Winter Citrus Bounty

During the summer months, I’m famous for my lemon sorbet.  I use Meyer lemons from the tree outside the back door and feed the finished product to my girlfriends when we get together for high tea or some other summer thing that girls do. Now that it’s winter, not many people are thinking about lemon sorbet, except for my friend Orna, who has a tree full of lemons and doesn’t know what to do with them.  She recently wrote me to ask for my lemon sorbet recipe. 

For those in Zone 10, you might be up to your knees in lemons too, so here are a few ideas for what to do with your lemons during the winter:

Freeze them whole – if you wash and dry your lemons and throw them into the freezer whole, you’ll have them at the ready to defrost and use for juice any time of the year.  You won’t be able to use the skin for zest, but the juice will be just as good as the day you picked the lemon.

Make Ice Cubes – after juicing all your lemons, pour the juice into ice cube trays and freeze them, then store the cubes in plastic bags to throw into soups, glasses of water or anything else that needs the bright flavor of lemons.

Freeze in 1 1/2 cup Quantities – you can freeze juice in any quantity you like, but this is the amount you’ll need for the Lemon Sorbet recipe below.  Freeze juice in either tightly sealed freezer bags, or plastic containers in quantities that you can easily defrost for lemonade later on.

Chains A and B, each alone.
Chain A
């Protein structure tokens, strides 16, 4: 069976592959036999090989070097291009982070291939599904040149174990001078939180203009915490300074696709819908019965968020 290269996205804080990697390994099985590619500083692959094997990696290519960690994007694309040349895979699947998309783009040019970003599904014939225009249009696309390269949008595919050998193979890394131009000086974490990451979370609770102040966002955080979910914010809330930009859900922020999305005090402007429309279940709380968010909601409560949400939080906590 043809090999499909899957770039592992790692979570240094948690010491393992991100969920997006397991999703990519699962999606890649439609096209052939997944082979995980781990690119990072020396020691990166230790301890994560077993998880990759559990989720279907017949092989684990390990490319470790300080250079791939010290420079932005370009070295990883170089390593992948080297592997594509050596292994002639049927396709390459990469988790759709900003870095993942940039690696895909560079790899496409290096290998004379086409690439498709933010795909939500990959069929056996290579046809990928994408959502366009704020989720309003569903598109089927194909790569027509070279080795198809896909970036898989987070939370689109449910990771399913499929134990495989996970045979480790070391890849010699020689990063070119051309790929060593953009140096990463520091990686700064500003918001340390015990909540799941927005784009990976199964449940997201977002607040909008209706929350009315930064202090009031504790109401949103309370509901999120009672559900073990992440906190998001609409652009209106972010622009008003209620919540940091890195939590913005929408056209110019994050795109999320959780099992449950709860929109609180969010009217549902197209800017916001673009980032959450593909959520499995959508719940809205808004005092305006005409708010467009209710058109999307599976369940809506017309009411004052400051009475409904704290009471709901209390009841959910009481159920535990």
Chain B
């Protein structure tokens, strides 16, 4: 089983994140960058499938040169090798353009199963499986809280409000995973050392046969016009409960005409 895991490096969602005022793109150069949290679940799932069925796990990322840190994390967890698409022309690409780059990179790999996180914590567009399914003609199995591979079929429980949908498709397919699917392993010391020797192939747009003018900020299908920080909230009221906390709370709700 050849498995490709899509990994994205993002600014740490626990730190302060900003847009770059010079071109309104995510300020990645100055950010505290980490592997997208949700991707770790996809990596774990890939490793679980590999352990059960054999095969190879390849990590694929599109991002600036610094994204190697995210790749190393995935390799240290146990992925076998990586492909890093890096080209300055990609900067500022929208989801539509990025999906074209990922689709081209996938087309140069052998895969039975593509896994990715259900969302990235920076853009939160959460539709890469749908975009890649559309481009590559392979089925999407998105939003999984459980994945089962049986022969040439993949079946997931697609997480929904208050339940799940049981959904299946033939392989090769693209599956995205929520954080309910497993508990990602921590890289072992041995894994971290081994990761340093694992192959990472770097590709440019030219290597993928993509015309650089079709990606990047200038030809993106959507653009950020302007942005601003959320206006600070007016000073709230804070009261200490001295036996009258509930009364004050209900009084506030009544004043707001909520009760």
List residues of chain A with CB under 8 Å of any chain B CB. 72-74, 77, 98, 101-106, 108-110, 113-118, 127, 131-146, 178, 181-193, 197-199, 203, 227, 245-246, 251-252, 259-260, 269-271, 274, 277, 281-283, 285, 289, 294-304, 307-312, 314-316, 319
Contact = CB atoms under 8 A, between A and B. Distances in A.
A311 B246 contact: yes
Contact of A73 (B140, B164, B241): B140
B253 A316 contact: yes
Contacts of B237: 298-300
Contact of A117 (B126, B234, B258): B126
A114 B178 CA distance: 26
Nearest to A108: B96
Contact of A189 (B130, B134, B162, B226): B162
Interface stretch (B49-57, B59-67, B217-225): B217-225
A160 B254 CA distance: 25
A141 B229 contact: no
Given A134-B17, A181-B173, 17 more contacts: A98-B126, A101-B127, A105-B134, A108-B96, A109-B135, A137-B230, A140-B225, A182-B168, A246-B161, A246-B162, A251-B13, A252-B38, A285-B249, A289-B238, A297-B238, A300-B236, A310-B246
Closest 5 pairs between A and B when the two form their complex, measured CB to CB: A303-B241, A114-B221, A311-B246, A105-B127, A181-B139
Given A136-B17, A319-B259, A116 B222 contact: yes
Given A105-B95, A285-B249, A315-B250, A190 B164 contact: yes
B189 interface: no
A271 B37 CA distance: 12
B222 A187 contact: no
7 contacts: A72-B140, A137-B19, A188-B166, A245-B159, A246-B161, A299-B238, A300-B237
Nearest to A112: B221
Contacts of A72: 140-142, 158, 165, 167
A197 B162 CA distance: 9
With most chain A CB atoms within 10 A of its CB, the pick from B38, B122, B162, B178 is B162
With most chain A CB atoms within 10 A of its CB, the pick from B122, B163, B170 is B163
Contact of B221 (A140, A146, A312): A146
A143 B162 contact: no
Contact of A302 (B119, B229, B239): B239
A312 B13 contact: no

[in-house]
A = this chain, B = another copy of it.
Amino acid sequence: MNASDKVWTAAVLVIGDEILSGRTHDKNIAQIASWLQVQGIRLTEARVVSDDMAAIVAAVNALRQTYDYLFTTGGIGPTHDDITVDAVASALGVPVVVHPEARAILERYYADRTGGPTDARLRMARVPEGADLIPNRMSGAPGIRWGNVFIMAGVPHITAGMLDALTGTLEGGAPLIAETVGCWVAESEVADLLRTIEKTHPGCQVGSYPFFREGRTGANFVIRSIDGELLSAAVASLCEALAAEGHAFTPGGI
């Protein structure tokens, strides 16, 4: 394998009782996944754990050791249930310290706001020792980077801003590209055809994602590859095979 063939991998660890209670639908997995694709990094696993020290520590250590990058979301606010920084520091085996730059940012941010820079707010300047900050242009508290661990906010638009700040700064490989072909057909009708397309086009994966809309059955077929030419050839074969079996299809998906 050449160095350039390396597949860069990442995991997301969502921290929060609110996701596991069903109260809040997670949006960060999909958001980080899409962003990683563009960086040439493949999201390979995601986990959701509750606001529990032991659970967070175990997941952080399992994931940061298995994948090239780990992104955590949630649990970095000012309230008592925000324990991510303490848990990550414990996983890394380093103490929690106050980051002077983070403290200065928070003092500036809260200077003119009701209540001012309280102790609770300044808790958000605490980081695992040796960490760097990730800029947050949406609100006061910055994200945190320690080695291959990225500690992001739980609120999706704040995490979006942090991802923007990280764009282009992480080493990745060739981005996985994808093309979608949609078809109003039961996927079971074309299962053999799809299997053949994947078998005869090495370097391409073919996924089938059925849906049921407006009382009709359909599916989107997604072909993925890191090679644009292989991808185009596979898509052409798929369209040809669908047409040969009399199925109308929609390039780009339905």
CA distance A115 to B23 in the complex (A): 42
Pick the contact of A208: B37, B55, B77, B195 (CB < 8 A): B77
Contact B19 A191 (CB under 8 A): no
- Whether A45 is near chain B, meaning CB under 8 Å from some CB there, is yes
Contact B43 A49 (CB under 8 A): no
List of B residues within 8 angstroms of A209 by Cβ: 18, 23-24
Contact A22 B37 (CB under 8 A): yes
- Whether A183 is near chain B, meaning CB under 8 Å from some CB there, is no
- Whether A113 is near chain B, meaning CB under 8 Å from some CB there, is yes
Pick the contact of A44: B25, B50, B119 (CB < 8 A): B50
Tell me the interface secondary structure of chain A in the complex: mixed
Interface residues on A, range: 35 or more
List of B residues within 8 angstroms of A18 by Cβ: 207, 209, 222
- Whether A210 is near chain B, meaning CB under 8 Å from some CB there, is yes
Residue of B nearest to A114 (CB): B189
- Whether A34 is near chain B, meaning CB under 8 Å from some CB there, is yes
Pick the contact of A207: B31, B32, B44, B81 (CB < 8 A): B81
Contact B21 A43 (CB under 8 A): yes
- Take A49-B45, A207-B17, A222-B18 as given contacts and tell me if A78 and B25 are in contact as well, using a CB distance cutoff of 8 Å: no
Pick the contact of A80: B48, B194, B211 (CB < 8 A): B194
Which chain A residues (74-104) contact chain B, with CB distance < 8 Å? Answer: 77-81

And now, my recipe for Lemon Sorbet – it comes from the instruction manual for the Cuisinart Ice Cream Maker.  No lie.

Fresh Lemon Sorbet

2 cups sugar
2 cups water
1 1/2 cups freshly squeezed lemon juice
1 tablespoon finely chopped lemon zest

Combine the sugar and water in a medium saucepan and bring to a boil over medium-high heat.
Reduce heat to low and simmer without stirring until the sugar dissolves, about 3-5 minutes.
Cool completely.
This is called a simple syrup, and may be made ahead in larger quantities to have on hand for making lemon sorbet.  Keep refrigerated until ready to use.
When cool, add the lemon juice and zest; stir to combine. Transfer to an ice cream maker (or in the case of the Cuisinart, turn the machine on and then pour in the mixture.
Mix until thickened, about 25-30 minutes.

Buon Appetito!

This Post Has 5 Comments

  1. Christy Wilhelmi

    Ah yes, there are plenty of places to deliver extra fruit:

    Food Forward –  – they “convene at properties we have been invited to and glean the excess fruit on their trees, donating 100% to local food pantries.”

    Fallen Fruit –  – depending on where you live, they might be able to take your excess fruit off your hands.

    Los Angeles Regonal Food Bank – – you can donate your fruit to them, but call first to make sure they are accepting citrus, given the recent quarantine. 

    That’s just for starters.  You can always call your local food pantry or homeless shelter and see if they would accept your fruit.  They most likely would be delighted and the look on their faces when fresh fruit walks in the door is worth the trip to haul it over there.

  2. Orna

    Thank you Christy! So excited to make some sorbet. As always, you over-delivered so now I have a ton of ideas to make use of all these Meyer Lemons. You are truly The Best!

  3. Carolyn Patterson

    What about oranges? We have a big crop in January and February (2 trees).
    Also, could you list places that would accept extra produce (shelters, etc.)? Thanks.

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